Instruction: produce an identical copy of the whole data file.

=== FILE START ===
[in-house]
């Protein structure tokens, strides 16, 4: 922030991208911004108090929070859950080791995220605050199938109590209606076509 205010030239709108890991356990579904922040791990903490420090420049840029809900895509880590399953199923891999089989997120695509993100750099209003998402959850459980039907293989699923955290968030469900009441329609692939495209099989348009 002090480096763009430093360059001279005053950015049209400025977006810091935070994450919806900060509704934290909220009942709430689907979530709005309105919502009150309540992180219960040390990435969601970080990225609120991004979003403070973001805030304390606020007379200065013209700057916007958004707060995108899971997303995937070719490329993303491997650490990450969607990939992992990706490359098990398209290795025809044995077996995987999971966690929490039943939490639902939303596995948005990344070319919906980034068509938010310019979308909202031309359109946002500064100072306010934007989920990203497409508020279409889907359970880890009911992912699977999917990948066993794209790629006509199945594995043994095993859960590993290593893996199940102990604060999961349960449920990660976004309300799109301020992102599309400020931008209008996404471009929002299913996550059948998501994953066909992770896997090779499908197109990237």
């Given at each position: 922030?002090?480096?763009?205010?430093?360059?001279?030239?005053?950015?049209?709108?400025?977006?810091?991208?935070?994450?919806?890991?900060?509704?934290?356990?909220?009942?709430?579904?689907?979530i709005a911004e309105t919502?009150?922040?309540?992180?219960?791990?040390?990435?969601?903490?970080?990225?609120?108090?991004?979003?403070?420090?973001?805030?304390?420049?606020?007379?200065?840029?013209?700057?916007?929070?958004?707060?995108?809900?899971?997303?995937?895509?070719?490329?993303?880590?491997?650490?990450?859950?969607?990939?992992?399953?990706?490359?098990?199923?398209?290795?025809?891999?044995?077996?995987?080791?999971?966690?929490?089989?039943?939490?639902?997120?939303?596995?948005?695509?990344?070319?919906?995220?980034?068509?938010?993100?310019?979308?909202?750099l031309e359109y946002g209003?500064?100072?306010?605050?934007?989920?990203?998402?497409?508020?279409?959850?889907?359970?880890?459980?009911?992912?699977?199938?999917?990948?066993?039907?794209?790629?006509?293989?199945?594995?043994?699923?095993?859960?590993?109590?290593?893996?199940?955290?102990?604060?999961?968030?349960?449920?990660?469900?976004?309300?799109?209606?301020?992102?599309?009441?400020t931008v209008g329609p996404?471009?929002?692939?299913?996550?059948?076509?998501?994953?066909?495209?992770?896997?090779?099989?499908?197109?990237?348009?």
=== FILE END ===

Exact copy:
[in-house]
């Protein structure tokens, strides 16, 4: 922030991208911004108090929070859950080791995220605050199938109590209606076509 205010030239709108890991356990579904922040791990903490420090420049840029809900895509880590399953199923891999089989997120695509993100750099209003998402959850459980039907293989699923955290968030469900009441329609692939495209099989348009 002090480096763009430093360059001279005053950015049209400025977006810091935070994450919806900060509704934290909220009942709430689907979530709005309105919502009150309540992180219960040390990435969601970080990225609120991004979003403070973001805030304390606020007379200065013209700057916007958004707060995108899971997303995937070719490329993303491997650490990450969607990939992992990706490359098990398209290795025809044995077996995987999971966690929490039943939490639902939303596995948005990344070319919906980034068509938010310019979308909202031309359109946002500064100072306010934007989920990203497409508020279409889907359970880890009911992912699977999917990948066993794209790629006509199945594995043994095993859960590993290593893996199940102990604060999961349960449920990660976004309300799109301020992102599309400020931008209008996404471009929002299913996550059948998501994953066909992770896997090779499908197109990237």
């Given at each position: 922030?002090?480096?763009?205010?430093?360059?001279?030239?005053?950015?049209?709108?400025?977006?810091?991208?935070?994450?919806?890991?900060?509704?934290?356990?909220?009942?709430?579904?689907?979530i709005a911004e309105t919502?009150?922040?309540?992180?219960?791990?040390?990435?969601?903490?970080?990225?609120?108090?991004?979003?403070?420090?973001?805030?304390?420049?606020?007379?200065?840029?013209?700057?916007?929070?958004?707060?995108?809900?899971?997303?995937?895509?070719?490329?993303?880590?491997?650490?990450?859950?969607?990939?992992?399953?990706?490359?098990?199923?398209?290795?025809?891999?044995?077996?995987?080791?999971?966690?929490?089989?039943?939490?639902?997120?939303?596995?948005?695509?990344?070319?919906?995220?980034?068509?938010?993100?310019?979308?909202?750099l031309e359109y946002g209003?500064?100072?306010?605050?934007?989920?990203?998402?497409?508020?279409?959850?889907?359970?880890?459980?009911?992912?699977?199938?999917?990948?066993?039907?794209?790629?006509?293989?199945?594995?043994?699923?095993?859960?590993?109590?290593?893996?199940?955290?102990?604060?999961?968030?349960?449920?990660?469900?976004?309300?799109?209606?301020?992102?599309?009441?400020t931008v209008g329609p996404?471009?929002?692939?299913?996550?059948?076509?998501?994953?066909?495209?992770?896997?090779?099989?499908?197109?990237?348009?």